1,204: THIS ROADTRIP HAS SEVEN DAYS
Previously on Roadtrippin': Close encounters of the bovine kind.
Day 5: Lancaster, PA to Pittsburgh, PA
I had spent the night at a Quality Inn that looked like it was an old roadside motel in a previous incarnation (outdoor entrances to both ends of the room, long parking lot, etc). Various stages of renovation were evident, though my bathroom was definitely from another era.
If my bathroom tile was pink, would there have been matching flamingos by the back courtyard? Anyone want to guess the age?
Tiring of continental breakfasts, I grabbed my morning meal in Mount Joy, just west of Lancaster. One menu item at the Country Table caught my eye: scrapple. While I had heard of this mush-like dish, I had never seen it on a menu until now.
It was the first and last time I'll order scrapple.
My plate came with three large pieces, of which I got through most of one before deciding the taste and texture weren't to my liking. This wasn't going to be an item that improved with each bite, which was too bad, since the accompanying pancake was fluffy and didn't sit like a lump in my stomach, while the scrambled eggs were the way I like them, slightly creamy.
Left: A patriotic gas station near Mount Joy. I didn't checked how blessed the 89 octane was.
Right: A common site around Lancaster, this roadside horse shelter near Elizabethtown was one of the last I saw on the trip. Most carry the "safety" pennant shown here.
From Harrisburg, I headed west along the Pennsylvania Turnpike until I tired of alternately being boxed in by speeding trucks and driving through downpours. After an hour, I hopped off and drove onto the route I should have taken all along, the Lincoln Highway (aka US 30). This was the first marked trans-continental highway, running from New York to San Francisco. Most of its eastern sections were absorbed into US 30 - before this trip, the only stretch I had travelled on was on the outskirts of Chicago at the start of my Route 66 trip.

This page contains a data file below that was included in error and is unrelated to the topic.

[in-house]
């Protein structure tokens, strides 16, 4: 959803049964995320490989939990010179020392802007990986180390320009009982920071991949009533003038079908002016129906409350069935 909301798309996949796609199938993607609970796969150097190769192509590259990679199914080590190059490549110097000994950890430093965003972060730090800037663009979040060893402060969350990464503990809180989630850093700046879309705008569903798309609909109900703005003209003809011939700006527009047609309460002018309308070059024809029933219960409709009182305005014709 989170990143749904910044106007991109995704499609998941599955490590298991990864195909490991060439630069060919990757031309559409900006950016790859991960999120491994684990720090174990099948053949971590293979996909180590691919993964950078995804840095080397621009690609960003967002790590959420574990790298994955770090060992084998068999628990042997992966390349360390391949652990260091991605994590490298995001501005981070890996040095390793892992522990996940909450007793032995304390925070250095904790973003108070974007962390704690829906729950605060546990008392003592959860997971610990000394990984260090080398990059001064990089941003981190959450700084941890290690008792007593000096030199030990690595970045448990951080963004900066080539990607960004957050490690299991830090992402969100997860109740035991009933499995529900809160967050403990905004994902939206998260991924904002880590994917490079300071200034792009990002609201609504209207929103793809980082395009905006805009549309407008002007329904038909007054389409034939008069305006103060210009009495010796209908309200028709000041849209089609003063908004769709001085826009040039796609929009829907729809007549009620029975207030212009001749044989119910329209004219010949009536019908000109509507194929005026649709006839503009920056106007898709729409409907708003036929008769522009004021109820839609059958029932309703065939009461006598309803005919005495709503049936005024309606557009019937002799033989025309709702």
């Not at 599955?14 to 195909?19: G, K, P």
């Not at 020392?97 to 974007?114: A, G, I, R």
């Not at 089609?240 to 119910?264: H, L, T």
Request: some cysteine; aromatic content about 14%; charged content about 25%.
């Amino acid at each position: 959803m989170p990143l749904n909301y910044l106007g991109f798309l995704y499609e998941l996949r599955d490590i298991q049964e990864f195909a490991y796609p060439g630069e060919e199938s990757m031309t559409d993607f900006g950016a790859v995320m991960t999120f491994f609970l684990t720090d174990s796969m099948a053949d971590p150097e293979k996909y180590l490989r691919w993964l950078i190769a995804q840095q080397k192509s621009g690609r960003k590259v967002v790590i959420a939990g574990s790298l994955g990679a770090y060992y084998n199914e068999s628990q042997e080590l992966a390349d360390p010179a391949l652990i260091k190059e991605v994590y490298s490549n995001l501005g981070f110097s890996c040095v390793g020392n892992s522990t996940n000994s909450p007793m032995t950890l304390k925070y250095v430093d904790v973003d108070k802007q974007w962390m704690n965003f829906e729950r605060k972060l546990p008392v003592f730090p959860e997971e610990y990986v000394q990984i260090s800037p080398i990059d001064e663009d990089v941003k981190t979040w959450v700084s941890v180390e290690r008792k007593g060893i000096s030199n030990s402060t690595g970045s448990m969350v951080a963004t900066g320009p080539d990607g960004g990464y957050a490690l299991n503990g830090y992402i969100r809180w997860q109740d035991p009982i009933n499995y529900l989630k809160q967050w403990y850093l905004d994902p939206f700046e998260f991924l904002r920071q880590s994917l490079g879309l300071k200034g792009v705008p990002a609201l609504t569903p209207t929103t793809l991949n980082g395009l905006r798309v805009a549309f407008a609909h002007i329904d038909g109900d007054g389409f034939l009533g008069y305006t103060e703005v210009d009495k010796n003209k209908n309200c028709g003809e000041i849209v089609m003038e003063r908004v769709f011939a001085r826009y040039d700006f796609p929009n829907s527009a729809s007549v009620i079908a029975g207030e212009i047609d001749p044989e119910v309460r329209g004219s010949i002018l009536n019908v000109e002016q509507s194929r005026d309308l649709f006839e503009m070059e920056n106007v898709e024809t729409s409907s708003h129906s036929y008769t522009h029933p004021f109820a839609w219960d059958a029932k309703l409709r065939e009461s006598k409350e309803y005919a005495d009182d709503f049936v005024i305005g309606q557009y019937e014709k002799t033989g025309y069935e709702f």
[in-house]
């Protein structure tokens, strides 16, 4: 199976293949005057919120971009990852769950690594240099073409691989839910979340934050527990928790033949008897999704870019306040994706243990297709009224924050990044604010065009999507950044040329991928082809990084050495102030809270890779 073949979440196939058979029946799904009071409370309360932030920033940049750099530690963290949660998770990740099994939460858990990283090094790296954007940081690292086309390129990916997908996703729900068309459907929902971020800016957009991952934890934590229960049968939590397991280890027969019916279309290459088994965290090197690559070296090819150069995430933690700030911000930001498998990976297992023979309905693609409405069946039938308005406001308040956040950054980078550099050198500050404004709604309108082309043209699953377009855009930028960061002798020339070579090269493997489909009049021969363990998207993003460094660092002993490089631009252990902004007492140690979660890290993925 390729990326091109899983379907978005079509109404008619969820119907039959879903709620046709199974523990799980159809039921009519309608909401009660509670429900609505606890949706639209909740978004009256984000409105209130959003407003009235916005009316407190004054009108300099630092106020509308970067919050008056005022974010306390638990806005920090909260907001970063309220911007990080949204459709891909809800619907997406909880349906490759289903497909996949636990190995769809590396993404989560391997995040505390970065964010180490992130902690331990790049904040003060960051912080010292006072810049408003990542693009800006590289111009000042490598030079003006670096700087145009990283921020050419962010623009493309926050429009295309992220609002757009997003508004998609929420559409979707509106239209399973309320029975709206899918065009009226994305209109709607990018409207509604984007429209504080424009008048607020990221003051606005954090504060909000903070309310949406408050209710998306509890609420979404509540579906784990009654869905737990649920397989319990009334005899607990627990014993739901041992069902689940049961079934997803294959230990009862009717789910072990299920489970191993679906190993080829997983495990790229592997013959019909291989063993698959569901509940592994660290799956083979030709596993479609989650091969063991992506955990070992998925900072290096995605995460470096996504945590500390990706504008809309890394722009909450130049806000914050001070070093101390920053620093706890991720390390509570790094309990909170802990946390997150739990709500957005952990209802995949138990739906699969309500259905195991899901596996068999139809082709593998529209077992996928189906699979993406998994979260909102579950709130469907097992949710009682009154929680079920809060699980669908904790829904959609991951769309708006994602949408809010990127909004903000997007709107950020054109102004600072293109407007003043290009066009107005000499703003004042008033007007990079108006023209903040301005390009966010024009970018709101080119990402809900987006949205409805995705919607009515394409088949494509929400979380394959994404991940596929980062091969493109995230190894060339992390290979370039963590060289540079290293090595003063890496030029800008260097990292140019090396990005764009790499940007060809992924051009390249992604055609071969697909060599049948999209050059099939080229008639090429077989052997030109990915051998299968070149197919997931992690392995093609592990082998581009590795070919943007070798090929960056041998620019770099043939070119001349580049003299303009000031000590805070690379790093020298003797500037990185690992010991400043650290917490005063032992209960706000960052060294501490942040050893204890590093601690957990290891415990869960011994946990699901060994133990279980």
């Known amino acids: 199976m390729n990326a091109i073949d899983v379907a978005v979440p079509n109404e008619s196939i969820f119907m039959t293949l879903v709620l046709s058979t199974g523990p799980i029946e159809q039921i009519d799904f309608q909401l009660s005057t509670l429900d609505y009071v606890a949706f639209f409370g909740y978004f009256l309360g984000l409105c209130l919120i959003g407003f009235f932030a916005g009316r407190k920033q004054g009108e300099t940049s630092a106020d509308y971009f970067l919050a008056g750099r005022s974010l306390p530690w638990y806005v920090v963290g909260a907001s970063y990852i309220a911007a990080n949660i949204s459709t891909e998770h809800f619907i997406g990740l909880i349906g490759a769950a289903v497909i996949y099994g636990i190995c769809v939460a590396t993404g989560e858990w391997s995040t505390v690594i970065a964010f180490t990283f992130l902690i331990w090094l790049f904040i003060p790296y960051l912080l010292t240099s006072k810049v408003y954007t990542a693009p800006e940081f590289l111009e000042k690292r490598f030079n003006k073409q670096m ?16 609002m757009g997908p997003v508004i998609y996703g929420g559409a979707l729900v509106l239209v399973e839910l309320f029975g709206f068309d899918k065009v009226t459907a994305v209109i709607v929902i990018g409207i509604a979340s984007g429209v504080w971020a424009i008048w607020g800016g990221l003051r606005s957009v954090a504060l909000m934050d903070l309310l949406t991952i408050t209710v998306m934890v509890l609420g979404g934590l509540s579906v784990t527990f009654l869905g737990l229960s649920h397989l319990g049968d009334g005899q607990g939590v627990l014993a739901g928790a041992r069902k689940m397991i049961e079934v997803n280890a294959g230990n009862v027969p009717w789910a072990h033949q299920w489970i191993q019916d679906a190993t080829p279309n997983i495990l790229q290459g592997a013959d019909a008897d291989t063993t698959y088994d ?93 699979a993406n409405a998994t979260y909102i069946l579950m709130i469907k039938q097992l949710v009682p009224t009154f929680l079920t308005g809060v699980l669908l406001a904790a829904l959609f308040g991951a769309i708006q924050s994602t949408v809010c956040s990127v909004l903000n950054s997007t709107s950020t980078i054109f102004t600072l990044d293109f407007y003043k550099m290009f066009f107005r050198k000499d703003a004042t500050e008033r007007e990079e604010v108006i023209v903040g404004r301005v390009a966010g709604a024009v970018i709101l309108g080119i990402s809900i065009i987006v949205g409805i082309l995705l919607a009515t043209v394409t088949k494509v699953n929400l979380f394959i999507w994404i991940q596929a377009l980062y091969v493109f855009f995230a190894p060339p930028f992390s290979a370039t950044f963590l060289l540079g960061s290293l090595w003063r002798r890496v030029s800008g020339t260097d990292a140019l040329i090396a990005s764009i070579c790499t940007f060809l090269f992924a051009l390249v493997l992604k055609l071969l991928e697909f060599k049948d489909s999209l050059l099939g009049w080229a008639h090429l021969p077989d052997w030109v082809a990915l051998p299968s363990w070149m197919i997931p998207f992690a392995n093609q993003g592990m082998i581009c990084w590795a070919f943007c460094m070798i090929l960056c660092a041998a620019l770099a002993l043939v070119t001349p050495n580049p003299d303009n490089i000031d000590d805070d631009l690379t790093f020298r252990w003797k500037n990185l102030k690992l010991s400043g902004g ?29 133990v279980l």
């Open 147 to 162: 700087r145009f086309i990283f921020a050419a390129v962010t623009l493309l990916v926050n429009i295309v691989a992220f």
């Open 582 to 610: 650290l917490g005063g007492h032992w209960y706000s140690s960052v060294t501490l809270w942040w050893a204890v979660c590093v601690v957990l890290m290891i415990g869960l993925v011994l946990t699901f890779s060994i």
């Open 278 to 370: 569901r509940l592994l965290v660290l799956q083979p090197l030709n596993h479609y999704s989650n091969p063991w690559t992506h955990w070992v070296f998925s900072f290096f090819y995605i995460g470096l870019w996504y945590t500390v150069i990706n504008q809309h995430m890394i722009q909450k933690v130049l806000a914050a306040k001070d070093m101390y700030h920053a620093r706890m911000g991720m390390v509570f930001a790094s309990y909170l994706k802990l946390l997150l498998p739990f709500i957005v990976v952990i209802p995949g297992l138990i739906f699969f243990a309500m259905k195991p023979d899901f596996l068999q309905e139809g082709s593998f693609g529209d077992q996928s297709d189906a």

Around Jennersville, warning signs for trucks were plastered along the side of the road, thanks a steep, winding drive. There were special ramps in case any driver lost control of their vehicle.
The historic nature of the route is marked by a number of barn paintings, such as this one.
It was a smooth ride into Pittsburgh. I stayed at a Comfort Inn atop a steep, winding road, which proved a cinematic drive at night. I explored the area, getting the lay of the land of the city's eastern suburbs. I cooled my heels at a Barnes and Noble at Monroeville Mall, discovering later that this was the same mall that George Romero used as the setting for Dawn of the Dead. Had I known, I would have taken my camera into the JCPenney or mindlessly rode the escalator.
It was an appropriate end to the day, since I felt like a zombie.
Full photo set on Flickr
Next: One fine day in Pittsburgh - JB